Given it seems there is talk about abortion again going on in the political discourse, with the usual rabid lunatics on each side generally calling the other stupid, I thought I'd revisit a post from 2008 for any new readers (I'm also being lazy):
Dipping a toe into the abortion question? - May 2008
This whole abortion debate has become very odd. Apparently it seems that if you support reducing the time limit on abortion from 24 to say 22 or 20, you are, invariably, just a secret anti-abortionist, in bed with anti-abortionists, or worse still are not being honest with scientific knowledge or what the 'medical profession' says. Oh yes, you're probably a God Botherer too.
Now you may be wondering why I chose to use quotations around 'medical profession' and there is a simple reason to be honest. The phrase, just like the language that is used when talking about climate change, is being thrown out in this argument with the subtle subtext that there is that mythical type of knowledge called 'scientific consensus'. If you listen or read the things being said about abortion you will always see the phrase trotted out as if its presence alone can make an argument right.
The problem is, having read too many articles in the last few days on this subject, what I can see is not the overwhelming view of the 'medical profession' being in agreement. There have been things said and things written which do not all sing from the same hymn sheet. As such whilst one should read and assess what is being said, it would be unwise to stand up and say the medical profession says X, when evidently they don't.
Of course equally I'm not saying either side is right per se. Just that to pretend there is consensus is to misrepresent the reality of the diversity of view amongst doctors and their peers. The question we should be asking therefore is why the differences? Can it all really be explained away by the easy and lazy ad hominen arguments of 'pro-life loony', 'religious nutjob', or 'secret anti-abortion agenda'? I don't think so, because there are some of us in the middle who actually have views that are based on the ethical questions of 'how do we define viable?' and 'what rules should apply to our actions when we have defined what viable means?'.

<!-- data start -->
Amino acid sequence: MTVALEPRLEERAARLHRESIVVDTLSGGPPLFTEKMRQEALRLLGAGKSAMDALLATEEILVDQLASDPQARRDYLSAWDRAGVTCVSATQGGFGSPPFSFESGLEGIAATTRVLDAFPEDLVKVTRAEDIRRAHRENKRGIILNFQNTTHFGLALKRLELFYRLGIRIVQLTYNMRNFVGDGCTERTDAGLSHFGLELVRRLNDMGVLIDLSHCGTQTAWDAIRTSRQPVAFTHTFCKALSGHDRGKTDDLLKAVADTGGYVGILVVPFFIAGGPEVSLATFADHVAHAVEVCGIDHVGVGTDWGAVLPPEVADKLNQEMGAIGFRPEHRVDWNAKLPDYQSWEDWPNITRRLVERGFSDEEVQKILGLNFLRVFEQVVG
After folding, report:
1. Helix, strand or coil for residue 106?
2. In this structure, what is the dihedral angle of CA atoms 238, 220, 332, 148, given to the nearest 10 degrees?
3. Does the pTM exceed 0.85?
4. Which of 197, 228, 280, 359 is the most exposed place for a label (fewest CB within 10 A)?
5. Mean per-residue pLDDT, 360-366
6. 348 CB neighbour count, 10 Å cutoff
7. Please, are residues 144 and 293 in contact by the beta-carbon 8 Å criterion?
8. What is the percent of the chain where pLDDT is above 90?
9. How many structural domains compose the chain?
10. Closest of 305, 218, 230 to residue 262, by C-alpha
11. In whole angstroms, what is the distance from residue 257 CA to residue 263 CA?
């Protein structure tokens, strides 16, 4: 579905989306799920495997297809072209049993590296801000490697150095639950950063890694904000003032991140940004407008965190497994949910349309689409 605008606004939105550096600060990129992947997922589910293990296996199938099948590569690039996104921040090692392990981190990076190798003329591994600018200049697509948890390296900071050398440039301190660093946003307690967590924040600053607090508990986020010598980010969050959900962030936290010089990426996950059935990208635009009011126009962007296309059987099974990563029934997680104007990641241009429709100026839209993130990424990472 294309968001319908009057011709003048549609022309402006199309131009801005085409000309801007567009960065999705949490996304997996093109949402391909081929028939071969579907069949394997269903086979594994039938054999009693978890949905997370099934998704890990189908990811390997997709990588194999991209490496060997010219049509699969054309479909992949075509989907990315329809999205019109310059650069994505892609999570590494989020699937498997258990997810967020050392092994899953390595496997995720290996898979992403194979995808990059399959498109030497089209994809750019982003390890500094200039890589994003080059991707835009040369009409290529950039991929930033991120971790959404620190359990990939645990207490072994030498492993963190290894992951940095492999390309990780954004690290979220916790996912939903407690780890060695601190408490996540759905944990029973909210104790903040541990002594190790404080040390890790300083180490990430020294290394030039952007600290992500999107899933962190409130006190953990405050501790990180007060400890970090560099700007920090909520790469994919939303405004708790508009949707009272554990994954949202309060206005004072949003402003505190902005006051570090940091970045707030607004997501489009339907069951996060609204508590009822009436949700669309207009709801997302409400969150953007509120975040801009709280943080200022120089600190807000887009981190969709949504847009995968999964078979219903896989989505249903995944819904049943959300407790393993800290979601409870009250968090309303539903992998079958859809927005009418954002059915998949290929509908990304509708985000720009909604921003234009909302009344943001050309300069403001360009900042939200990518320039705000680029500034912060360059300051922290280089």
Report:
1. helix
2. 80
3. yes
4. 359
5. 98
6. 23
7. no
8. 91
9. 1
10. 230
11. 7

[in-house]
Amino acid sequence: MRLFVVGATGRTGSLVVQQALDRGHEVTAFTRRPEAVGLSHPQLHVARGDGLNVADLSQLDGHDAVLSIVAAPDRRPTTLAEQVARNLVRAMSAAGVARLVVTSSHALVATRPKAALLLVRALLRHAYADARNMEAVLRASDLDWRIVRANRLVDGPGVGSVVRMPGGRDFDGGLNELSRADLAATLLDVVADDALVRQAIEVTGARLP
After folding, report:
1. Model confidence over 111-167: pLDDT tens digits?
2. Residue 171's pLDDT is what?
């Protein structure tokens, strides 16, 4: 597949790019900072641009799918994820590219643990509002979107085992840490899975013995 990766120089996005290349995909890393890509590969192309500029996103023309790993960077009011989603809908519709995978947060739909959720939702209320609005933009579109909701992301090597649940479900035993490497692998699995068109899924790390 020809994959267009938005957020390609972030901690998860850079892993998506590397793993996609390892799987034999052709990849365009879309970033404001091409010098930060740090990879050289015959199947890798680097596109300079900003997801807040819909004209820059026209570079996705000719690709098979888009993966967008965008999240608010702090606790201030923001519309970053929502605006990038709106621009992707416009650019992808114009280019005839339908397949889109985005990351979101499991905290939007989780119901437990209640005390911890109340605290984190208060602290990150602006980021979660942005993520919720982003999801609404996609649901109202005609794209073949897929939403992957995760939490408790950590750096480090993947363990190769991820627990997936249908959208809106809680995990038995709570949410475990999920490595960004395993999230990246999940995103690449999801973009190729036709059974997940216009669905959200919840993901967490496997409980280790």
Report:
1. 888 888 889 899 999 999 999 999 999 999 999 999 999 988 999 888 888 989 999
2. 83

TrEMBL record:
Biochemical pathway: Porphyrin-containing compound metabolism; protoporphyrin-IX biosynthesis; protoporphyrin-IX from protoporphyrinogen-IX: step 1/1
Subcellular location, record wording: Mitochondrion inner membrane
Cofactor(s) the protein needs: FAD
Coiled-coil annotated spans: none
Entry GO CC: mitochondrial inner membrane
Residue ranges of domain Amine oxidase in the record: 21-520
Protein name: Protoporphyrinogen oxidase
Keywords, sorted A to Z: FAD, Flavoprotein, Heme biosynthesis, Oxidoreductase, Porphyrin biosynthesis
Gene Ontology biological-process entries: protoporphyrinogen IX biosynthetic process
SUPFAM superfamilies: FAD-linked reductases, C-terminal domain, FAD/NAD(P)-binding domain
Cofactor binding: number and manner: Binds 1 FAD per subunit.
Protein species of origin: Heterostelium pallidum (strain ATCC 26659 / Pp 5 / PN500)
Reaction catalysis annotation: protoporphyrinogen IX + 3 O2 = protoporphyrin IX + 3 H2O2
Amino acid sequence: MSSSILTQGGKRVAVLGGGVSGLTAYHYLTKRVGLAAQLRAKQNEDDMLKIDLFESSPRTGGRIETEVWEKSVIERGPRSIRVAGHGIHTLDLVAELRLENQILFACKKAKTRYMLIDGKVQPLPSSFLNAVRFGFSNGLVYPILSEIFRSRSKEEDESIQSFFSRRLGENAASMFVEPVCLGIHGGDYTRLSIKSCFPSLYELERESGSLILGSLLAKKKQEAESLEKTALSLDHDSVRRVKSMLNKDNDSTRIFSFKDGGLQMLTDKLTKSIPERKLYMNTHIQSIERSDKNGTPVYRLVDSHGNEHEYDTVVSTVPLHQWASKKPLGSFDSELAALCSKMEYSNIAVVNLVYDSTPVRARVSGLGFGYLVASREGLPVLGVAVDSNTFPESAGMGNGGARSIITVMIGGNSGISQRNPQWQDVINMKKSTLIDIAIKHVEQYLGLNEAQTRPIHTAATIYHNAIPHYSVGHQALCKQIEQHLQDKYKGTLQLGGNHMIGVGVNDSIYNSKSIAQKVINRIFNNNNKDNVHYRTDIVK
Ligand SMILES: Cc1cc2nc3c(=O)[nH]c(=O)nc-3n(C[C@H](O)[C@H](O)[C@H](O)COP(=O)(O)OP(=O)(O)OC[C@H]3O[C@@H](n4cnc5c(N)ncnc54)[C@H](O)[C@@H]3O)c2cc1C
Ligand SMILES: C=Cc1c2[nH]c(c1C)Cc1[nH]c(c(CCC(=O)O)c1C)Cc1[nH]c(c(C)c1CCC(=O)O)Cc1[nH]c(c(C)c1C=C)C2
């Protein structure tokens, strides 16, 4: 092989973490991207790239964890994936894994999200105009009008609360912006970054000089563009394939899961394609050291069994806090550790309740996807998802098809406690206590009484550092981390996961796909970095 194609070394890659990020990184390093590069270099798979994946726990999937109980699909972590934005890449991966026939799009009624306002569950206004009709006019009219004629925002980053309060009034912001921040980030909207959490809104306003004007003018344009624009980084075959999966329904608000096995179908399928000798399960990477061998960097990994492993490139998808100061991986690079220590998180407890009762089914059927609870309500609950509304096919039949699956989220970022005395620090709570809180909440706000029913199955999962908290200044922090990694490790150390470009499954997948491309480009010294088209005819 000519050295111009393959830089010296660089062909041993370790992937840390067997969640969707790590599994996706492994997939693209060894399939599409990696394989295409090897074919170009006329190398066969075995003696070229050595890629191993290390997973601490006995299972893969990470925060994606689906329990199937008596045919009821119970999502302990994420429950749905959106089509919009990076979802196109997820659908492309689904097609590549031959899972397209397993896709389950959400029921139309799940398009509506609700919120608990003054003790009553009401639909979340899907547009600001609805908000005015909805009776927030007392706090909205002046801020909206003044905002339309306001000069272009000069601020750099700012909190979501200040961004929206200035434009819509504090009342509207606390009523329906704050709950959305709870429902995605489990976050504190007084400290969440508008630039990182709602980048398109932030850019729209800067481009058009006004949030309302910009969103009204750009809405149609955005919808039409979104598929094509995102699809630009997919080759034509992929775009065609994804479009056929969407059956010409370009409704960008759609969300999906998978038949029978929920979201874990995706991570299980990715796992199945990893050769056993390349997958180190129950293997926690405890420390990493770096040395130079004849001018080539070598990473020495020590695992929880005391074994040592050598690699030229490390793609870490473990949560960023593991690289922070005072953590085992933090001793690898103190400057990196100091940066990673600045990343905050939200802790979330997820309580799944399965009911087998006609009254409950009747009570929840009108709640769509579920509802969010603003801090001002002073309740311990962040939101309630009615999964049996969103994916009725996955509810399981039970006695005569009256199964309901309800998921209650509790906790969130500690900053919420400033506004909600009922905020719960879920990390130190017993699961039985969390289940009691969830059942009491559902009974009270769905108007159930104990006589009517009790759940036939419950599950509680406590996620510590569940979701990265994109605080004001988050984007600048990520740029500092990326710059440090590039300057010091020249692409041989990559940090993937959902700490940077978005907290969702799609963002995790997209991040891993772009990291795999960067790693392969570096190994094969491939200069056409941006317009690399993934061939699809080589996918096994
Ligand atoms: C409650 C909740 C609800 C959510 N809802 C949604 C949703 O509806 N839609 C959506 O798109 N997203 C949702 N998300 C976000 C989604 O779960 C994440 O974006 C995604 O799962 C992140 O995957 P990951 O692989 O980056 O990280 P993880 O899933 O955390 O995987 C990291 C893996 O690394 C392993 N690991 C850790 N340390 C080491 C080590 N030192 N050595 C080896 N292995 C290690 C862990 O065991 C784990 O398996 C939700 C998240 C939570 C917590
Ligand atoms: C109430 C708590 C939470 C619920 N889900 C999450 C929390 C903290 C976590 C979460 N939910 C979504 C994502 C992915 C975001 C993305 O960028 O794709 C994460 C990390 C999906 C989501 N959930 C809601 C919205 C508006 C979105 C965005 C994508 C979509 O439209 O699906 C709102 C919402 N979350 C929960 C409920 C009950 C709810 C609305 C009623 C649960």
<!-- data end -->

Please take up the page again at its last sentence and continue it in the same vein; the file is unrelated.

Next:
Laying my cards on the table I should say that I have always been rather proud of the settlement that Britain achieved on abortion. Rather than muddying the waters like Roe vs Wade does in the US, the matter was resolved by agreeing that abortion should be illegal if the child can survive outside of the womb (as well as some other exceptional circumstances of course). The argument today for me as it stands is about that question, not about whether some of the people supporting a reduction in the time limit secretly want to end it altogether.
We have heard over the past few days, from the likes of Dawn Primarolo and assorted commentators, that the 'survival rate' for a child at 23, 22 or 21 weeks has not changed since 1990 when the time limit was reduced from 28 weeks. In today's Times David Aaronvitch argues that if 'viability' has not changed then people supporting a reduction just "don't like abortion". I'm not sure anyone could be more wrong if they tried frankly, because there is a slightly more sophisticated way of looking at this.
The way to look at this is best illustrated, ironically enough, by an anti-death penalty argument. Given that the most ardent of pro-choicers (who incidentally wind me up just as much as loopy pro-lifers) tend to be ardent anti-death penalty advocates as well, so it seemed rather fitting. You see, when it comes to capital punishment, the miscarriage of justice, the mistake, the hanging of just one innocent man is a powerful argument against its presence. The argument is made that the risk of that happening, and we know it has, is to great for the state to commit homicide.
Now take that principle and think about viability in conjunction the 'survival rate' of premature babies. Surely, unless the rate is zero, then that is evidence that a foetus can be viable. Don't get me wrong, that doesn't mean that all are viable, after all, not all babies are even viable when they're born normally, although the majority are of course. The thing is, if we take the principle that one mistake in the matter of capital punishment is a risk to far, then should we not be applying that same principle to how we define the very notion of 'viability'?
If just one premature foetus survives at 21 weeks, then is it not correct to say that a foetus can be viable at 21 weeks and as such the state cannot take the risk of making a mistake like it does with its fully developed adult population when it comes to criminal justice? You don't have to be anti-abortion or a pious religious nutjob to support reducing the limit at all. After all, if it is better to let a guilty man go free than to execute an innocent man, shouldn't we take the same view on the matter of whether a foetus is viable?